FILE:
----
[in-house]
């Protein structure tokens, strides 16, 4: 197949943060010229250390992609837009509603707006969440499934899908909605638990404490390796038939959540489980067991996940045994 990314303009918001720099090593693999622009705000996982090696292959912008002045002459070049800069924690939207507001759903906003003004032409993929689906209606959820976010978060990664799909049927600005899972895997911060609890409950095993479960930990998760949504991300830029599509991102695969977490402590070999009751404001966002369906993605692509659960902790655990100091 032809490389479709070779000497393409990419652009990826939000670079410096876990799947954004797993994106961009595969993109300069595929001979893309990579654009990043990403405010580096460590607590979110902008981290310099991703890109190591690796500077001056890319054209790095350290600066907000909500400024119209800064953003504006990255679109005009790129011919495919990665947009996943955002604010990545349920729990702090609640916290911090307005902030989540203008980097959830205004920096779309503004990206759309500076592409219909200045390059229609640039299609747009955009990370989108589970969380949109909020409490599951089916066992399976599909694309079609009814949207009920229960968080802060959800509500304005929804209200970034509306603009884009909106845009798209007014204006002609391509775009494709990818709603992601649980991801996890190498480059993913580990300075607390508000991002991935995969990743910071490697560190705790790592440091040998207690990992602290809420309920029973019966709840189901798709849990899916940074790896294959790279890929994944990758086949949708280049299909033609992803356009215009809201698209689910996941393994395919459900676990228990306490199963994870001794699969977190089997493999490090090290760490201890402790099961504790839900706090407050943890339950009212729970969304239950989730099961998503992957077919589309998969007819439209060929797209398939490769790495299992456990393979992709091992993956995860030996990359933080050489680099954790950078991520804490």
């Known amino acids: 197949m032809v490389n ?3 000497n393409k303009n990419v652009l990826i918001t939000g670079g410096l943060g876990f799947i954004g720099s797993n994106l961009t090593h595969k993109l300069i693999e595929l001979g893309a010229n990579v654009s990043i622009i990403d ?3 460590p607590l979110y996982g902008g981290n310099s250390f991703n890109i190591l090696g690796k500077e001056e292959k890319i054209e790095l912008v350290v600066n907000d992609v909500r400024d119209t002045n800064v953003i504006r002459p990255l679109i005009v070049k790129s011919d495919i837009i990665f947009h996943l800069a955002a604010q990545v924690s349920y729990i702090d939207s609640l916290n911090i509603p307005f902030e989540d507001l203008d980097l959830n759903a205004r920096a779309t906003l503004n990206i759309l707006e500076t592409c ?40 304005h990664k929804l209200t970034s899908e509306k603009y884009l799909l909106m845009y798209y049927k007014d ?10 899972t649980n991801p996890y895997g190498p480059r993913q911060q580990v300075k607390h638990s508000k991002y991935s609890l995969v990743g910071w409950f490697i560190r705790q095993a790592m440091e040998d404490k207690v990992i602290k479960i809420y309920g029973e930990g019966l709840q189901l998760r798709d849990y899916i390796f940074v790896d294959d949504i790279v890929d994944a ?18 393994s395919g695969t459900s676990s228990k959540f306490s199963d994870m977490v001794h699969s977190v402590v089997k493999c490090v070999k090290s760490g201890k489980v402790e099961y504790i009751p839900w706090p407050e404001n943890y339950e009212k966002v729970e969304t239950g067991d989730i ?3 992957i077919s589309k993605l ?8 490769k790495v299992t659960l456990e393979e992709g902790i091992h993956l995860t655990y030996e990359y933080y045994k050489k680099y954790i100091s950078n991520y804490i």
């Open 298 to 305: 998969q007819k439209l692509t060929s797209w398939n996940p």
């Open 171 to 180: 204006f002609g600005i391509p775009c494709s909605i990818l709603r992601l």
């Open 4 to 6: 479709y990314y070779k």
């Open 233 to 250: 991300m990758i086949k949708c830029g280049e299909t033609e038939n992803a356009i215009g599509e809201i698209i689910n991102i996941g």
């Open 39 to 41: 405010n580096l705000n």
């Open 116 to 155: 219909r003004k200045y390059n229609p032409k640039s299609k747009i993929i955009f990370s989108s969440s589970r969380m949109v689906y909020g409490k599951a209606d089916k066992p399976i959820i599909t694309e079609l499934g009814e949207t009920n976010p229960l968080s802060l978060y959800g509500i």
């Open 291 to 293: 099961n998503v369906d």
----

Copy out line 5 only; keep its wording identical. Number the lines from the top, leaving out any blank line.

């Open 171 to 180: 204006f002609g600005i391509p775009c494709s909605i990818l709603r992601l």